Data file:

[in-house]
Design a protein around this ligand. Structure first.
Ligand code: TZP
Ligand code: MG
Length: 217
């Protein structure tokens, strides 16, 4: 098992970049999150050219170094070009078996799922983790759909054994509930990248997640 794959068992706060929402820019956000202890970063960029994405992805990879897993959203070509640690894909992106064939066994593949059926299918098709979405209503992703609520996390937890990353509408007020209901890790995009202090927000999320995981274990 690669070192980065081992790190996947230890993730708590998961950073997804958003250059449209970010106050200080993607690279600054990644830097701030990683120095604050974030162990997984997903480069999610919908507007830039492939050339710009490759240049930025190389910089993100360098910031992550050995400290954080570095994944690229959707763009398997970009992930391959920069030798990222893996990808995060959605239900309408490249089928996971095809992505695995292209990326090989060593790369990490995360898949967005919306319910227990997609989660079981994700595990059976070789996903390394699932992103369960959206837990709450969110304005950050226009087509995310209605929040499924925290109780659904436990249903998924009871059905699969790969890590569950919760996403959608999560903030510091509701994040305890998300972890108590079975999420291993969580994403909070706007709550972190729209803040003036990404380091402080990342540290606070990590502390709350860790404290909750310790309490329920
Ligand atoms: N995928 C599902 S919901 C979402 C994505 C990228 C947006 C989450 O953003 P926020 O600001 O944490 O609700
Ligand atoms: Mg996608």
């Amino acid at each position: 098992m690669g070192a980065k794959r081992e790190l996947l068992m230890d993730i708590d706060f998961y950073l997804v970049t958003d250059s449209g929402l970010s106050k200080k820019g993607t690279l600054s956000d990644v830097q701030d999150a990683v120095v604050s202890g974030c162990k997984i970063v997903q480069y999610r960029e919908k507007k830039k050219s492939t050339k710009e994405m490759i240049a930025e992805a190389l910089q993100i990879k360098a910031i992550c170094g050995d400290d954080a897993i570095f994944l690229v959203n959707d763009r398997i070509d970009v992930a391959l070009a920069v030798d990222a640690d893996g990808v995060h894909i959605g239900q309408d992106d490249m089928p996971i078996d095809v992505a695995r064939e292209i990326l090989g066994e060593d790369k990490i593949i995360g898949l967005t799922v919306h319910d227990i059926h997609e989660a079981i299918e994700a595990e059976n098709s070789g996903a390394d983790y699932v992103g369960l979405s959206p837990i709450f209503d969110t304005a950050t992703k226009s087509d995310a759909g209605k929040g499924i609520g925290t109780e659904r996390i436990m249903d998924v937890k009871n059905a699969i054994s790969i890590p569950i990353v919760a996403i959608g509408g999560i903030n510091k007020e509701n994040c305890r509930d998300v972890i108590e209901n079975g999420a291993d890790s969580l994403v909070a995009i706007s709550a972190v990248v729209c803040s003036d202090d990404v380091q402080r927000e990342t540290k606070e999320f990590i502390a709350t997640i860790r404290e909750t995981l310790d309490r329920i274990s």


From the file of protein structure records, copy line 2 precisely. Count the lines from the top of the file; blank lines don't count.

Design a protein around this ligand. Structure first.